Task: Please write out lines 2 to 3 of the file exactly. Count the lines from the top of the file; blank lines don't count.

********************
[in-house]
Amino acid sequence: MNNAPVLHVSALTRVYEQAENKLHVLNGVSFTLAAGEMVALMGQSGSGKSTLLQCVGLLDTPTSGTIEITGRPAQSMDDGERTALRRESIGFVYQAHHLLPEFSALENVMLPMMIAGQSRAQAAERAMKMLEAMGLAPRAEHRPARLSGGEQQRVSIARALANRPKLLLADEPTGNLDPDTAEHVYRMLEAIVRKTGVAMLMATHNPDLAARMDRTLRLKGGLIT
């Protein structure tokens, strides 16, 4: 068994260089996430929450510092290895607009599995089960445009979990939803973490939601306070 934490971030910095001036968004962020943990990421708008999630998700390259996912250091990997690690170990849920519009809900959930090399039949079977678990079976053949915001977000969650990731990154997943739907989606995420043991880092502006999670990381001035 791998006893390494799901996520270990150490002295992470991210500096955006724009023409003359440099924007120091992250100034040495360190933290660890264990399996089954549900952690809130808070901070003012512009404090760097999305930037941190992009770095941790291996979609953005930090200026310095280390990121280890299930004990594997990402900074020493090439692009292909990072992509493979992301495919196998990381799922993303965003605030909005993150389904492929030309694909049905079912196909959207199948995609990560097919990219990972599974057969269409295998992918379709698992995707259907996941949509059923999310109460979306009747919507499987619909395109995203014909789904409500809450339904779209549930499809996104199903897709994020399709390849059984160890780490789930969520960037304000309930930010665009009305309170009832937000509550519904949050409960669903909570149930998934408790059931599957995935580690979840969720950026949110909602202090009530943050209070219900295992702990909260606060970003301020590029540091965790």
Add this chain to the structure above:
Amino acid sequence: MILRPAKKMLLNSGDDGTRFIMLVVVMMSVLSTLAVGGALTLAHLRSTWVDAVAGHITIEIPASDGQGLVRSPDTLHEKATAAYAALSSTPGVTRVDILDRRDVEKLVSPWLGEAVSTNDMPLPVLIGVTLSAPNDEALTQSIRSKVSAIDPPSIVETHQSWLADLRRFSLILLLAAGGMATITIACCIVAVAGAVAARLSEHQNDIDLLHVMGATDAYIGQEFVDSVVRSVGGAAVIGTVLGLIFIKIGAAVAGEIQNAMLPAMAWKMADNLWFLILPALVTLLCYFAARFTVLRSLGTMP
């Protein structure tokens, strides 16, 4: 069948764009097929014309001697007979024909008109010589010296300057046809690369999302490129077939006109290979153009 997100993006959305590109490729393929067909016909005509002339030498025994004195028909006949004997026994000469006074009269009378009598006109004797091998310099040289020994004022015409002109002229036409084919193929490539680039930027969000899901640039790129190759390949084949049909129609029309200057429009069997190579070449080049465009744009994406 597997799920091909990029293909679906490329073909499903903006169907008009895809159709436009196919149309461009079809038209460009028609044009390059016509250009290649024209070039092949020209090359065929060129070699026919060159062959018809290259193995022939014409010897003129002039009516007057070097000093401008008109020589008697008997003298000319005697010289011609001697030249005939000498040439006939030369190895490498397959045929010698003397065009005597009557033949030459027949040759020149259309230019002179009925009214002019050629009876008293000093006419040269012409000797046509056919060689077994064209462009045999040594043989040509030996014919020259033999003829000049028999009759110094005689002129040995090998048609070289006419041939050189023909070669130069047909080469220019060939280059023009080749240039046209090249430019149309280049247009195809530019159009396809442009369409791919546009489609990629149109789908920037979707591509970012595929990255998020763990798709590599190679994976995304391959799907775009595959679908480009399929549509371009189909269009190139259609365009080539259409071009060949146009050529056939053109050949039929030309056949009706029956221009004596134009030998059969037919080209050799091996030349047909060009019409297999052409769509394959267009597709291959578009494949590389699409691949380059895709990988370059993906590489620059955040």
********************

Amino acid sequence: MNNAPVLHVSALTRVYEQAENKLHVLNGVSFTLAAGEMVALMGQSGSGKSTLLQCVGLLDTPTSGTIEITGRPAQSMDDGERTALRRESIGFVYQAHHLLPEFSALENVMLPMMIAGQSRAQAAERAMKMLEAMGLAPRAEHRPARLSGGEQQRVSIARALANRPKLLLADEPTGNLDPDTAEHVYRMLEAIVRKTGVAMLMATHNPDLAARMDRTLRLKGGLIT
């Protein structure tokens, strides 16, 4: 068994260089996430929450510092290895607009599995089960445009979990939803973490939601306070 934490971030910095001036968004962020943990990421708008999630998700390259996912250091990997690690170990849920519009809900959930090399039949079977678990079976053949915001977000969650990731990154997943739907989606995420043991880092502006999670990381001035 791998006893390494799901996520270990150490002295992470991210500096955006724009023409003359440099924007120091992250100034040495360190933290660890264990399996089954549900952690809130808070901070003012512009404090760097999305930037941190992009770095941790291996979609953005930090200026310095280390990121280890299930004990594997990402900074020493090439692009292909990072992509493979992301495919196998990381799922993303965003605030909005993150389904492929030309694909049905079912196909959207199948995609990560097919990219990972599974057969269409295998992918379709698992995707259907996941949509059923999310109460979306009747919507499987619909395109995203014909789904409500809450339904779209549930499809996104199903897709994020399709390849059984160890780490789930969520960037304000309930930010665009009305309170009832937000509550519904949050409960669903909570149930998934408790059931599957995935580690979840969720950026949110909602202090009530943050209070219900295992702990909260606060970003301020590029540091965790």